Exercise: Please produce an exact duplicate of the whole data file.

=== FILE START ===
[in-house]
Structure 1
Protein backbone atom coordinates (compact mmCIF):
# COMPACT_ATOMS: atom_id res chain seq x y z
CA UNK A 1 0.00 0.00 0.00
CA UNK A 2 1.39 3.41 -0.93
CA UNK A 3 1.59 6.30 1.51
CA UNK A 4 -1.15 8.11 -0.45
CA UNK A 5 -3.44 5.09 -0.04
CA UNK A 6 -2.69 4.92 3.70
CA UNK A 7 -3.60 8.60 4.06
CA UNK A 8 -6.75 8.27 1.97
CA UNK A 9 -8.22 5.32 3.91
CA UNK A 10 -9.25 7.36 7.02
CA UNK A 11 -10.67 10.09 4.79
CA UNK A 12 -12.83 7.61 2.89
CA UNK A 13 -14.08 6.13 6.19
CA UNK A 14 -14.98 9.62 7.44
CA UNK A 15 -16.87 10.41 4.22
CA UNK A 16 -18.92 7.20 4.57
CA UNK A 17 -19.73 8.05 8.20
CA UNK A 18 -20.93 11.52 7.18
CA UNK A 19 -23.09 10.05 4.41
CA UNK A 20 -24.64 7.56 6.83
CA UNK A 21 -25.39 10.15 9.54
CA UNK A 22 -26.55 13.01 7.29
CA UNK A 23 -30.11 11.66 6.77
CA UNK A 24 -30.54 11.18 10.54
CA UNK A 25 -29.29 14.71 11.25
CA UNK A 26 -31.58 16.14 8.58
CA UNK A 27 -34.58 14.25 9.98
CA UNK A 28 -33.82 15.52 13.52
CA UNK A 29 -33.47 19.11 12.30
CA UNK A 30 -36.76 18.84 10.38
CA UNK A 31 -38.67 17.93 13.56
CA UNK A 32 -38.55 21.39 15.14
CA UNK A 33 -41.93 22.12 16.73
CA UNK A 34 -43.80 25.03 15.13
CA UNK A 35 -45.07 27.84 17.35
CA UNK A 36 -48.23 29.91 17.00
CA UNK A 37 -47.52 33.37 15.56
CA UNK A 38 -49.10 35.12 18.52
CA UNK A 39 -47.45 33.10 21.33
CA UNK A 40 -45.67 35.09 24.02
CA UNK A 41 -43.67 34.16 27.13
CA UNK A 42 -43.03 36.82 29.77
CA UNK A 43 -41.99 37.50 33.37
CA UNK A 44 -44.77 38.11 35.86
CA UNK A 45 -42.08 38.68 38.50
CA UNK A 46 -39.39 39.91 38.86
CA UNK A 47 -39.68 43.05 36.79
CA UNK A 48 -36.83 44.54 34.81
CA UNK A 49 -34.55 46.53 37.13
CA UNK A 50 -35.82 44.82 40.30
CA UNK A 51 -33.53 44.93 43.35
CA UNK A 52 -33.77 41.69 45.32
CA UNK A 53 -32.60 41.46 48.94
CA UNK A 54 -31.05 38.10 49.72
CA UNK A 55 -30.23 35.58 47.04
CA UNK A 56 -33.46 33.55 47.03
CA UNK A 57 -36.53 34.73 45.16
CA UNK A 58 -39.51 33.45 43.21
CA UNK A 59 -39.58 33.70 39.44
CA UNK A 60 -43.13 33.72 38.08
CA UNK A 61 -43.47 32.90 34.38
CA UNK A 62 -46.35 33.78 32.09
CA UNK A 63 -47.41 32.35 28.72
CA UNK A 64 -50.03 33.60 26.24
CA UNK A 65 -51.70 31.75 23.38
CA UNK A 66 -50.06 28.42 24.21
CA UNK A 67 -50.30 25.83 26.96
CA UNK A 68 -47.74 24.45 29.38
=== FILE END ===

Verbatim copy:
[in-house]
Structure 1
Protein backbone atom coordinates (compact mmCIF):
# COMPACT_ATOMS: atom_id res chain seq x y z
CA UNK A 1 0.00 0.00 0.00
CA UNK A 2 1.39 3.41 -0.93
CA UNK A 3 1.59 6.30 1.51
CA UNK A 4 -1.15 8.11 -0.45
CA UNK A 5 -3.44 5.09 -0.04
CA UNK A 6 -2.69 4.92 3.70
CA UNK A 7 -3.60 8.60 4.06
CA UNK A 8 -6.75 8.27 1.97
CA UNK A 9 -8.22 5.32 3.91
CA UNK A 10 -9.25 7.36 7.02
CA UNK A 11 -10.67 10.09 4.79
CA UNK A 12 -12.83 7.61 2.89
CA UNK A 13 -14.08 6.13 6.19
CA UNK A 14 -14.98 9.62 7.44
CA UNK A 15 -16.87 10.41 4.22
CA UNK A 16 -18.92 7.20 4.57
CA UNK A 17 -19.73 8.05 8.20
CA UNK A 18 -20.93 11.52 7.18
CA UNK A 19 -23.09 10.05 4.41
CA UNK A 20 -24.64 7.56 6.83
CA UNK A 21 -25.39 10.15 9.54
CA UNK A 22 -26.55 13.01 7.29
CA UNK A 23 -30.11 11.66 6.77
CA UNK A 24 -30.54 11.18 10.54
CA UNK A 25 -29.29 14.71 11.25
CA UNK A 26 -31.58 16.14 8.58
CA UNK A 27 -34.58 14.25 9.98
CA UNK A 28 -33.82 15.52 13.52
CA UNK A 29 -33.47 19.11 12.30
CA UNK A 30 -36.76 18.84 10.38
CA UNK A 31 -38.67 17.93 13.56
CA UNK A 32 -38.55 21.39 15.14
CA UNK A 33 -41.93 22.12 16.73
CA UNK A 34 -43.80 25.03 15.13
CA UNK A 35 -45.07 27.84 17.35
CA UNK A 36 -48.23 29.91 17.00
CA UNK A 37 -47.52 33.37 15.56
CA UNK A 38 -49.10 35.12 18.52
CA UNK A 39 -47.45 33.10 21.33
CA UNK A 40 -45.67 35.09 24.02
CA UNK A 41 -43.67 34.16 27.13
CA UNK A 42 -43.03 36.82 29.77
CA UNK A 43 -41.99 37.50 33.37
CA UNK A 44 -44.77 38.11 35.86
CA UNK A 45 -42.08 38.68 38.50
CA UNK A 46 -39.39 39.91 38.86
CA UNK A 47 -39.68 43.05 36.79
CA UNK A 48 -36.83 44.54 34.81
CA UNK A 49 -34.55 46.53 37.13
CA UNK A 50 -35.82 44.82 40.30
CA UNK A 51 -33.53 44.93 43.35
CA UNK A 52 -33.77 41.69 45.32
CA UNK A 53 -32.60 41.46 48.94
CA UNK A 54 -31.05 38.10 49.72
CA UNK A 55 -30.23 35.58 47.04
CA UNK A 56 -33.46 33.55 47.03
CA UNK A 57 -36.53 34.73 45.16
CA UNK A 58 -39.51 33.45 43.21
CA UNK A 59 -39.58 33.70 39.44
CA UNK A 60 -43.13 33.72 38.08
CA UNK A 61 -43.47 32.90 34.38
CA UNK A 62 -46.35 33.78 32.09
CA UNK A 63 -47.41 32.35 28.72
CA UNK A 64 -50.03 33.60 26.24
CA UNK A 65 -51.70 31.75 23.38
CA UNK A 66 -50.06 28.42 24.21
CA UNK A 67 -50.30 25.83 26.96
CA UNK A 68 -47.74 24.45 29.38